The interior of the mosque was breathtaking – everything about it was designed to inspire and impress. The sheer scale of the auditorium (built to contain 28,500 people) the massive tiled panels, the wide expanse of luxurious wool carpet, the immense lighting structures – everything was designed to be awe inspiring.
Next was a very pleasant lunch on the terrace of a restaurant/patisserie overlooking the Golden Lake where there were some very tempting and delicious looking cakes on offer.
We were then whisked off for a quick look at some of Adana’s main sites, including the 32 foot Great Clock Tower, (Büyük Saat), the bazaar and the Oil Mosque, (so named due to an Oil reservoir in its precincts) which was once a crusader Church and converted into a mosque in 1501.
Parts of the madrasa (Islamic school) in the courtyard were used as craft workshops and we were able to see some of their marbling and felting work during our rather brief visit.
By this time the sun was becoming low in the sky and Baran hurried as back onto the bus as he wanted us to experience the sunset in a very special spot.
Our driver Cezar, dropped us off on the banks of the Seyhan River near the majestic Taşköprü (stone bridge) – a historic Roman Bridge known as the Ponte Sarus when it was built in the second century AD.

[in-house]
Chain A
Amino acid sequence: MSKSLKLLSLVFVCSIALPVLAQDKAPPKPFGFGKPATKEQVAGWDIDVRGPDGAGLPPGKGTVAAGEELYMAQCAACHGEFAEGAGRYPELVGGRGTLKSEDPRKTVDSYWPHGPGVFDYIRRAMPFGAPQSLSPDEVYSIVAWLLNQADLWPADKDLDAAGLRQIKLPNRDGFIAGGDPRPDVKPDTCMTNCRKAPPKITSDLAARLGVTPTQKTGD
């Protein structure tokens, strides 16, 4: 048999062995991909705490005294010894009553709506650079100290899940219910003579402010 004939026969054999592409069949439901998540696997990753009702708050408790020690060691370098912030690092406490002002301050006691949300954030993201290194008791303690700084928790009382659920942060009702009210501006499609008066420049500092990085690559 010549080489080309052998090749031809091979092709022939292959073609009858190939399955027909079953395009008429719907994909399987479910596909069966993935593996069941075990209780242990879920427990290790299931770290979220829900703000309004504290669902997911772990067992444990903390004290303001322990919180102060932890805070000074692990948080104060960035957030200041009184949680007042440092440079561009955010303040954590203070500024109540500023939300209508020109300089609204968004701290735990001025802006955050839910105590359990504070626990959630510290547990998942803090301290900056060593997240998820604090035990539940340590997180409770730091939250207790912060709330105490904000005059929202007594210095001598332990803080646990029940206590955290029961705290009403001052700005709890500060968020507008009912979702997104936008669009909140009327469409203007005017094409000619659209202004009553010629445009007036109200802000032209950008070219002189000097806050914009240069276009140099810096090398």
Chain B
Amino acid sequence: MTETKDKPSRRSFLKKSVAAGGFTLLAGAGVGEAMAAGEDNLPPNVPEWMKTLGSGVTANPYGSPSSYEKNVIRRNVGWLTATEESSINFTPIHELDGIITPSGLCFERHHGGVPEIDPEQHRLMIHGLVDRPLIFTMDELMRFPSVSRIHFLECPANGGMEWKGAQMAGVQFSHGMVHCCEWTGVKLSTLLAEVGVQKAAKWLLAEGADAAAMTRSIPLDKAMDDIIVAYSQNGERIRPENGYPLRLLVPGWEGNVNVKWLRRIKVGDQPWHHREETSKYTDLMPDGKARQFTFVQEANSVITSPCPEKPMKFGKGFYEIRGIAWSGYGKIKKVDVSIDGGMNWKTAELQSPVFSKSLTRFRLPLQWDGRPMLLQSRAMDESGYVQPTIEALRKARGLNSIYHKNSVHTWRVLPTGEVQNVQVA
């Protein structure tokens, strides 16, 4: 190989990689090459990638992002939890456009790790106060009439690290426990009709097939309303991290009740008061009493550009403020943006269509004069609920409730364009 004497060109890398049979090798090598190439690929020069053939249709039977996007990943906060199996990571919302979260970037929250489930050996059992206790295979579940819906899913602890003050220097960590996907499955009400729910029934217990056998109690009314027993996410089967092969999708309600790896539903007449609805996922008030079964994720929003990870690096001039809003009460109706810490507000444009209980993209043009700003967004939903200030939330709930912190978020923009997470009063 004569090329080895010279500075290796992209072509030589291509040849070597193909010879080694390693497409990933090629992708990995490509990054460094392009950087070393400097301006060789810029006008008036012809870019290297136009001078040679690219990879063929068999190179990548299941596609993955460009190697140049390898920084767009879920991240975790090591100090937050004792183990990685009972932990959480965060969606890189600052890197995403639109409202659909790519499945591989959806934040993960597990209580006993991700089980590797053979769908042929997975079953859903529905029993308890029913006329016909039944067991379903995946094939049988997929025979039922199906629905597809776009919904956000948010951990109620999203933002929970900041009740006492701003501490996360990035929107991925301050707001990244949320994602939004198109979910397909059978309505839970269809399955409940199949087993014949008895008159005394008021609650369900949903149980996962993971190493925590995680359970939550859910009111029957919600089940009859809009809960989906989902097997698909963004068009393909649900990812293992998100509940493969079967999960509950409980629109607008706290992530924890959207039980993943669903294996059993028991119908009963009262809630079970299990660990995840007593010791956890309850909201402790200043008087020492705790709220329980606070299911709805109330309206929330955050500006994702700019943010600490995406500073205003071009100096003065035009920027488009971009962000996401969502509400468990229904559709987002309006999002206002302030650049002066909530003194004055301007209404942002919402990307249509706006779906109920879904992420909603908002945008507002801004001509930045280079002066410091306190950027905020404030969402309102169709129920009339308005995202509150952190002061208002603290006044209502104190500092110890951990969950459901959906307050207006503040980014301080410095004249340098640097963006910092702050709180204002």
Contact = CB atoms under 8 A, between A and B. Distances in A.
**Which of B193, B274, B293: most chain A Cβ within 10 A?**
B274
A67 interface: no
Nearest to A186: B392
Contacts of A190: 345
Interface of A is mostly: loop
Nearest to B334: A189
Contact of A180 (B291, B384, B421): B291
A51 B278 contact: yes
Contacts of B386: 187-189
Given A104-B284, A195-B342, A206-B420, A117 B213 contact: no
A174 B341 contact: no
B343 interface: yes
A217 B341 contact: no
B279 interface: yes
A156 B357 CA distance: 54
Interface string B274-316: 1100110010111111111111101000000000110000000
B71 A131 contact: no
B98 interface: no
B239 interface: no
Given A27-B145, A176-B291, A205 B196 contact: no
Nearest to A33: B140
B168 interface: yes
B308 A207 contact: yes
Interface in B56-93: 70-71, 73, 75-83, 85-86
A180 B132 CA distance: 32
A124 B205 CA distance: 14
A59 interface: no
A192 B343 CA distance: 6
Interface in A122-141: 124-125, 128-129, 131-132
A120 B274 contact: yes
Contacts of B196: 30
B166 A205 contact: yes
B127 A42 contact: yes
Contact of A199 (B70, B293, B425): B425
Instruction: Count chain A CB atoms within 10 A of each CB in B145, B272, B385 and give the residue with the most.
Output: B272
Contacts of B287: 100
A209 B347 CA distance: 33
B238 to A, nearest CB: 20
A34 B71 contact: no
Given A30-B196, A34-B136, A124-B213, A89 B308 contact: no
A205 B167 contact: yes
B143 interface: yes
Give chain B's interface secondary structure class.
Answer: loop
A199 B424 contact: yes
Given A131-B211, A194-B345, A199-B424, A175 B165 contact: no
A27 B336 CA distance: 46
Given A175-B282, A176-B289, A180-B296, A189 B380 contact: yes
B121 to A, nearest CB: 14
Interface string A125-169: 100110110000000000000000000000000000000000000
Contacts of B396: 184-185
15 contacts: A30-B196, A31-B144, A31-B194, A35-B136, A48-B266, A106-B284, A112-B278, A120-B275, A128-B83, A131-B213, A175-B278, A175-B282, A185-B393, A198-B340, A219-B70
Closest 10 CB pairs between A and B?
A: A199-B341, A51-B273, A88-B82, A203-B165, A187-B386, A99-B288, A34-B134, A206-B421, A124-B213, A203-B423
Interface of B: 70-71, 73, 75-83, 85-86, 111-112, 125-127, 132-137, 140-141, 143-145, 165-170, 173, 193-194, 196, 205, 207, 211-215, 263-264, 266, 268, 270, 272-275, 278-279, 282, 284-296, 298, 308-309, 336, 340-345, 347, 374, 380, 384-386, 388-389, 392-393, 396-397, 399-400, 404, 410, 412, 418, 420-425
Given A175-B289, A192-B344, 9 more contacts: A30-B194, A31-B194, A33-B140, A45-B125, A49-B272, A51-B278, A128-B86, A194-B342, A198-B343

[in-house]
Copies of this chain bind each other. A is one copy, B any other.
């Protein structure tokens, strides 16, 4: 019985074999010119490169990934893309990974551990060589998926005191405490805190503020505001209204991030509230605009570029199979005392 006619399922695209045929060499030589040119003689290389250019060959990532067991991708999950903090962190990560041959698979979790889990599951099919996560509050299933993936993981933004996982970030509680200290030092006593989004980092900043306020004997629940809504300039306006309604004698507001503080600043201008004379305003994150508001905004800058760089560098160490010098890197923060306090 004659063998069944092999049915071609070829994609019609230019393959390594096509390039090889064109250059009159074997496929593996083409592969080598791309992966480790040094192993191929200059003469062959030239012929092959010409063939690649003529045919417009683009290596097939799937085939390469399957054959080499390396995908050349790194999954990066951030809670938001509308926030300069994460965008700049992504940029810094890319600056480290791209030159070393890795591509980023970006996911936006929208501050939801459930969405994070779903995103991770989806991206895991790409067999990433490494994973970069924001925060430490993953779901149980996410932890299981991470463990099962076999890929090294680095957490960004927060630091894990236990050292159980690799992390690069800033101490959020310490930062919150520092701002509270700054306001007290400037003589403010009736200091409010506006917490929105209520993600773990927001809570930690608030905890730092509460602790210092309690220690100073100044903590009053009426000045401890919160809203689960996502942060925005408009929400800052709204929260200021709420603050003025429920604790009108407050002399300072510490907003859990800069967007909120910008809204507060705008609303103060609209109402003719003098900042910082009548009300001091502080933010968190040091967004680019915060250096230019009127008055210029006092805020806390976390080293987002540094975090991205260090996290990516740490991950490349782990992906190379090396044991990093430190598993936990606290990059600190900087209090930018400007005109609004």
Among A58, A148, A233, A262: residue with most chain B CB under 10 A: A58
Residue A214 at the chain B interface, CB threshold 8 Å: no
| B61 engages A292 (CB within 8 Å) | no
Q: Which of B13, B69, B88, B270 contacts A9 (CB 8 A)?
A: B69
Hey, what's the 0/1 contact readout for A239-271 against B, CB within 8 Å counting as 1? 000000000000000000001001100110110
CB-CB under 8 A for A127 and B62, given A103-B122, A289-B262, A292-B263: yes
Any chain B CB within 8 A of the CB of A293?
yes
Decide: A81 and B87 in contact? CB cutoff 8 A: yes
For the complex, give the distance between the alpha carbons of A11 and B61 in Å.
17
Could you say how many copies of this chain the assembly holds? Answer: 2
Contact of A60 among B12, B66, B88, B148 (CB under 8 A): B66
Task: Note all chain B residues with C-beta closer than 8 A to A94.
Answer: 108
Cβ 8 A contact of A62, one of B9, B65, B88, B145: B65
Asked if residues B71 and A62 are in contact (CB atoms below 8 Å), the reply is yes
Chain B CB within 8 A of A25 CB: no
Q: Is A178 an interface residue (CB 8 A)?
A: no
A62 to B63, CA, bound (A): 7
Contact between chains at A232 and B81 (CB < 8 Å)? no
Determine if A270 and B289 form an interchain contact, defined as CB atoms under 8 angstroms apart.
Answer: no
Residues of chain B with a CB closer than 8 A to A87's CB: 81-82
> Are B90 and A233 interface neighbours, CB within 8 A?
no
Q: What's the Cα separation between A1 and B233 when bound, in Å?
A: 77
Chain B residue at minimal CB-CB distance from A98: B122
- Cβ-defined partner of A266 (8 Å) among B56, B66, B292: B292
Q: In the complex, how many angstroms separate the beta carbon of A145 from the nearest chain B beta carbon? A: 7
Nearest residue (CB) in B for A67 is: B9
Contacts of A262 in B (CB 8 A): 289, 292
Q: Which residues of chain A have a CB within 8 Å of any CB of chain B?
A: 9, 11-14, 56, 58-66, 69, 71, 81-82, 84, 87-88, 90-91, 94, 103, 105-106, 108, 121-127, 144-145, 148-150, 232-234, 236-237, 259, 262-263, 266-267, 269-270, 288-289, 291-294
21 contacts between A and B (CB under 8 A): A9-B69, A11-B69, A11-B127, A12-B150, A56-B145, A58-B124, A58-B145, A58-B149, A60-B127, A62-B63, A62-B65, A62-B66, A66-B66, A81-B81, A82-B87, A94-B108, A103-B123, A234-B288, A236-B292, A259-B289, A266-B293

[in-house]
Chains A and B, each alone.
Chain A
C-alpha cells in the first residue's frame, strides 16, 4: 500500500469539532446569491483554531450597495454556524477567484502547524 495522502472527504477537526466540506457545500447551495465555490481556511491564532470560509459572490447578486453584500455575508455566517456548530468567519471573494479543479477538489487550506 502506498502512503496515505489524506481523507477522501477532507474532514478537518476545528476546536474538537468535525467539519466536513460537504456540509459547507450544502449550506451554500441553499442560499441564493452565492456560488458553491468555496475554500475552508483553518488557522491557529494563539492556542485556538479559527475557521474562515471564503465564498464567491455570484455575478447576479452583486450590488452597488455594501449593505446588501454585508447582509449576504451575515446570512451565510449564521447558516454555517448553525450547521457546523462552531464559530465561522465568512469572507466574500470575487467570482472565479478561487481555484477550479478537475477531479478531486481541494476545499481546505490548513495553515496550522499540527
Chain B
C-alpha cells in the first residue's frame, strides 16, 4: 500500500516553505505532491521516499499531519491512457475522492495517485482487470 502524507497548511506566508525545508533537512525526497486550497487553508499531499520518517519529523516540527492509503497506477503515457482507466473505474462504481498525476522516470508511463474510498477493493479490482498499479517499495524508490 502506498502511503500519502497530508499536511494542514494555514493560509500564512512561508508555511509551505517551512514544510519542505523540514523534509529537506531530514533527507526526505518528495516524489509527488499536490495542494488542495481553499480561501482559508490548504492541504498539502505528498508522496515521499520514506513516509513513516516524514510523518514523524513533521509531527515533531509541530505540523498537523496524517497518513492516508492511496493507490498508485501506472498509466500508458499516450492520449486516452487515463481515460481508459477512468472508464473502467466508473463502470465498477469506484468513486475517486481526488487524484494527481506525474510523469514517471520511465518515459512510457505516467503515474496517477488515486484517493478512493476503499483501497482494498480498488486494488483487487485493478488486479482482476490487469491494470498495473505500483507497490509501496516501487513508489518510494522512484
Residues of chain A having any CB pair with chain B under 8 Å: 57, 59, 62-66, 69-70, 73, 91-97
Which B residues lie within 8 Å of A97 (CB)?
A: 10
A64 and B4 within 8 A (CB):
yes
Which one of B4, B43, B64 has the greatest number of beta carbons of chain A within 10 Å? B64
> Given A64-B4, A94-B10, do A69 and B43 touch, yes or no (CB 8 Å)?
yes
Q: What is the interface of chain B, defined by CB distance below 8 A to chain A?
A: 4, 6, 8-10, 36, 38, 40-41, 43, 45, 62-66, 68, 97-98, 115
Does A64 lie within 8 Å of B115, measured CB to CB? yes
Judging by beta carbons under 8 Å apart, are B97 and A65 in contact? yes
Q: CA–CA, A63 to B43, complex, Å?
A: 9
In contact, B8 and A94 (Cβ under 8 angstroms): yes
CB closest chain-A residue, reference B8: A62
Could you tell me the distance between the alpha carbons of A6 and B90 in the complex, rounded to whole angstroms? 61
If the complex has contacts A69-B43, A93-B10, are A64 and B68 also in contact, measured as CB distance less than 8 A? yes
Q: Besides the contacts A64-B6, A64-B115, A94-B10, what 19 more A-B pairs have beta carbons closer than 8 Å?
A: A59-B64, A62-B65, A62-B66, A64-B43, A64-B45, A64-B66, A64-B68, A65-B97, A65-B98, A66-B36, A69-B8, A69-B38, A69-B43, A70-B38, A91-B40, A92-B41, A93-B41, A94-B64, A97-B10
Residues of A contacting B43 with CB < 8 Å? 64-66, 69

Since 2007 it has only carried foot traffic but up until then it was one of the oldest bridges in the world open to motorized vehicles. The bridge has 21 arches but some of them are now not visible due to stabilisation work on the river banks.
Walking onto the bridge we were surprised to find a festive atmosphere with lots of people milling around, vendors selling snacks and drinks and a group of people launching Chinese paper “sky”lanterns.
The views from the bridge were stunning – especially those of the Sabancı Merkez Mosque that we had visited earlier in the day.
The river was completely calm and serene with not even a ripple of wind to disturb the perfect reflection of the twinkling lights of the mosque as the sun set.
It was almost time to head for the airport but there was one last stop to accomplish something very important – something that everyone one who visits Adana is urged to do – eat an Adana kebab!!
Baran took us to the famous Cik Cik Ali restaurant where we feasted on the delicious kebabs cooked on hot coals and served on a wide metal skewer.
Made from lamb mince meat, mixed with red bell peppers, the Adana kebabs are served with charred peppers and tomatoes, an onion-sumac-parsley salad, and lavaş (thin flat bread).
These delicious kebabs are hand minced with two rather curious implements more reminiscent of scimitars than kitchen utensils!
Ali, the owner was delighted to demonstrate his prowess with his “swords”, twirling them in the air above his head like an oriental warrior.
Too soon it was time to drive to the airport to fly off to our various yachts. All that was left to do was say a goodbye to our new friends and to say a huge “çok teşekkürler” (thank you very much) to our amazing guide Baran and our ever patient driver Cezar for giving us a trip of a lifetime round South East Turkey.